Today the FCC voted to classify broadband internet (including mobile internet) as a telecommunication service, with internet now regulated the same way that voice networks have been - with providers classified as "common carriers" under Title II of the 1934 Telecommunications Act.
The new rules will ban paid prioritization, and the blocking or throttling of any lawful content or services.
In other words - the core network needs to be neutral, and treat all traffic equally. Internet providers will no longer be allowed to give preferential fast lanes to partners, nor punish competitors (like Netflix) by throttling speeds so that the service becomes unusable.
This is a major victory for network neutrality advocates, who rallied millions of supporters to fight for an "open Internet" in response to the FCC's request for comments.
And this is a huge loss for some of the big internet providers - including the cellular and cable companies. It is a particularly stinging loss for Verizon, who has been fighting ferociously to avoid regulation.
The "Net Neutrality" issue is a complex one. Both sides are prone to oversimplification, and overblown fear mongering about how bad things will get if they lose the fight. In a nutshell, the case for each side...
- The Case In Favor: The Internet is built on openness and a long tradition of network neutrality, and services like Netflix or YouTube or even Google might never have been possible if the network providers were acting as gatekeepers. Letting internet providers block or throttle certain services in favor of ones which have paid for exclusive access to customers, or a special "fast lane", will destroy the internet as we know it, eliminating the level playing field that has made the Internet such an engine for innovation. Without the protection of network neutrality, new companies and services will never be able to reach critical mass, and only the biggest companies will be able to afford to pay for access.
- The Case Against: The government has no business interfering with the business agreements that internet providers enter into, and doing so violates the first amendment rights of the carriers. The worries of what might happen without regulation are overblown - the FCC stepping in to enforce net neutrality is the start of a slippery slope that will lead to the government sucking all the innovation and profit out of the telecommunications industry. Investment in faster network speeds and increased coverage will dry up. And eventually... this will all just inevitably lead to more taxes, and even more regulation.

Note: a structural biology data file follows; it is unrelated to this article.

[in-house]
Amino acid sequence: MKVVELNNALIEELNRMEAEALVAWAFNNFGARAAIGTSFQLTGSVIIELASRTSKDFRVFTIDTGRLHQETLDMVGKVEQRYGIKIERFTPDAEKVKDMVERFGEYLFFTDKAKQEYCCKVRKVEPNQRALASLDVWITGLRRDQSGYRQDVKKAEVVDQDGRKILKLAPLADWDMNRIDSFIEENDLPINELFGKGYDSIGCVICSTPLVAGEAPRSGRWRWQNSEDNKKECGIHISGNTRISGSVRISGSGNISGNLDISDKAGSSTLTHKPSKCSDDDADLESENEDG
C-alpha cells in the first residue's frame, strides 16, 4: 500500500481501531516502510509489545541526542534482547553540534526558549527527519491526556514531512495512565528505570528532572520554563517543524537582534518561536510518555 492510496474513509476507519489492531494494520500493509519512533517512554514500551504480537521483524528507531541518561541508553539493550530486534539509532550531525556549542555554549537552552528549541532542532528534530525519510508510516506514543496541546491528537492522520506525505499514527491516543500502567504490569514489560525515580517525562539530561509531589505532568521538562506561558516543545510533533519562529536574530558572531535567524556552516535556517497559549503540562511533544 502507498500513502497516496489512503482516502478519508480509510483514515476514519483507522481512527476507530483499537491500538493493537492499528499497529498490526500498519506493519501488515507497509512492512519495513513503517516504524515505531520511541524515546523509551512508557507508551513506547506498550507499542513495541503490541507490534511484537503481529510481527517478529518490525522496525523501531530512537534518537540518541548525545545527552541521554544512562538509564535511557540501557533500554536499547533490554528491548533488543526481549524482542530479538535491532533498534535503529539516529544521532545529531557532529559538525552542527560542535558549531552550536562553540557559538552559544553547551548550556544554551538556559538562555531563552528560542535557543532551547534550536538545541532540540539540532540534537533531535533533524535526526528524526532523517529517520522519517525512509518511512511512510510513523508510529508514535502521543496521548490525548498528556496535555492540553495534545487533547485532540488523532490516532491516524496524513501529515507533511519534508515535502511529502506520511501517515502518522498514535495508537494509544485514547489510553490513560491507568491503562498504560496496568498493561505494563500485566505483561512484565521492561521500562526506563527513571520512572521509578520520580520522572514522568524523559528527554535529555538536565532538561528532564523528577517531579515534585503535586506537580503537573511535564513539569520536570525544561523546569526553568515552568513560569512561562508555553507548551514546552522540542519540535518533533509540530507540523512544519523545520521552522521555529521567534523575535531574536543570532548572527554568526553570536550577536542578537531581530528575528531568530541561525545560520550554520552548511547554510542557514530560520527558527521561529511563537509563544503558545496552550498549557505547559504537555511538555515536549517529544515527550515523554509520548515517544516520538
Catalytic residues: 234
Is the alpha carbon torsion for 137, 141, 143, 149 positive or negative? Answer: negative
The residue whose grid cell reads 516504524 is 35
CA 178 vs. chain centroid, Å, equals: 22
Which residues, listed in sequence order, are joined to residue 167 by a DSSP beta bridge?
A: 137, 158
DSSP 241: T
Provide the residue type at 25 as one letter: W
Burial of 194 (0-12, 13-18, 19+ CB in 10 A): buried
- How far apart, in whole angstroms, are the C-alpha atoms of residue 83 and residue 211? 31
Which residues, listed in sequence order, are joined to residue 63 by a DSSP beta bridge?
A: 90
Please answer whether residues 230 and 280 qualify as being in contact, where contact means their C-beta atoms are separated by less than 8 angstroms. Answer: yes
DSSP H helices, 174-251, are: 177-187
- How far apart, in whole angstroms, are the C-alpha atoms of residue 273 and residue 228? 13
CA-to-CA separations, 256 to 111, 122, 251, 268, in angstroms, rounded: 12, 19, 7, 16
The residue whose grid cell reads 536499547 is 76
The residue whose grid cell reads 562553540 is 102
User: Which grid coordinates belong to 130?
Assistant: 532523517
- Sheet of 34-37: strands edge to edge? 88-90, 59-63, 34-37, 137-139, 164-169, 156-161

In general, most internet and tech companies (large and small) have been in favor of net neutrality. And most cable TV and telecom companies have been against it.
Who Started The Fight? Why Now?
The Internet has always operated on the principle of net neutrality - so what made this into such a hot issue? What prompted the panic that things might so drastically change?
It all comes down to the cable companies freaking out over Netflix.
Netflix has grown to be responsible for 35% of US Internet traffic, and as increasing numbers of people use services like Netflix to get their TV fix, more and more people are willing to cut the cord and cancel or scale back their cable TV subscriptions.
In response - the cable companies (which also provide Internet service to many of their customers) began exploring ways to slow down the growth of Netflix and other video streaming traffic to make online video less appealing.
That was the start of the slippery slope - because once you open the door to favoring one type of content and penalizing another, it becomes very tempting to sell access to "fast lanes" to partners, and even to offer "exclusives" that would block competitors, or redirect from one service to another.